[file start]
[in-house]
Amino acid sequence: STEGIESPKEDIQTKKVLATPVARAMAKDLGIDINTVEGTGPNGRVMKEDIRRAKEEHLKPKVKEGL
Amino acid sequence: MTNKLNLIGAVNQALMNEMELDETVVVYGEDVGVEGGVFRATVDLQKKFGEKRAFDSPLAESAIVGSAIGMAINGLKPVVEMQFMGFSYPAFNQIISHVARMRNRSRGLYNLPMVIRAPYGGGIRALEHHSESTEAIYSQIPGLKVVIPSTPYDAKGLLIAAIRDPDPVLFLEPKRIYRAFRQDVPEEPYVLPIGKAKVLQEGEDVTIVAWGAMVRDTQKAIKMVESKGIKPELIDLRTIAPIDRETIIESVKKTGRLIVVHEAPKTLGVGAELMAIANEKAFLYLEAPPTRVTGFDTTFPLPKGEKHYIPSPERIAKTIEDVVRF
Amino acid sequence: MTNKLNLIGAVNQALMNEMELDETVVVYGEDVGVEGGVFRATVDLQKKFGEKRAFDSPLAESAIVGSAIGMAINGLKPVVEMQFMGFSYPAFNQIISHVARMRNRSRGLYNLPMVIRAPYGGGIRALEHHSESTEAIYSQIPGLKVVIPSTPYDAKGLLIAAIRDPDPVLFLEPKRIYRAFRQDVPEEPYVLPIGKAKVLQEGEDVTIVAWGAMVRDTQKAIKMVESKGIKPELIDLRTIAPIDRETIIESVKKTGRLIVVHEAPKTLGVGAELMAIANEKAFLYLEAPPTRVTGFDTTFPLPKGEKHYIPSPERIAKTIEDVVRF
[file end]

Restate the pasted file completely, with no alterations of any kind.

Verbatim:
[in-house]
Amino acid sequence: STEGIESPKEDIQTKKVLATPVARAMAKDLGIDINTVEGTGPNGRVMKEDIRRAKEEHLKPKVKEGL
Amino acid sequence: MTNKLNLIGAVNQALMNEMELDETVVVYGEDVGVEGGVFRATVDLQKKFGEKRAFDSPLAESAIVGSAIGMAINGLKPVVEMQFMGFSYPAFNQIISHVARMRNRSRGLYNLPMVIRAPYGGGIRALEHHSESTEAIYSQIPGLKVVIPSTPYDAKGLLIAAIRDPDPVLFLEPKRIYRAFRQDVPEEPYVLPIGKAKVLQEGEDVTIVAWGAMVRDTQKAIKMVESKGIKPELIDLRTIAPIDRETIIESVKKTGRLIVVHEAPKTLGVGAELMAIANEKAFLYLEAPPTRVTGFDTTFPLPKGEKHYIPSPERIAKTIEDVVRF
Amino acid sequence: MTNKLNLIGAVNQALMNEMELDETVVVYGEDVGVEGGVFRATVDLQKKFGEKRAFDSPLAESAIVGSAIGMAINGLKPVVEMQFMGFSYPAFNQIISHVARMRNRSRGLYNLPMVIRAPYGGGIRALEHHSESTEAIYSQIPGLKVVIPSTPYDAKGLLIAAIRDPDPVLFLEPKRIYRAFRQDVPEEPYVLPIGKAKVLQEGEDVTIVAWGAMVRDTQKAIKMVESKGIKPELIDLRTIAPIDRETIIESVKKTGRLIVVHEAPKTLGVGAELMAIANEKAFLYLEAPPTRVTGFDTTFPLPKGEKHYIPSPERIAKTIEDVVRF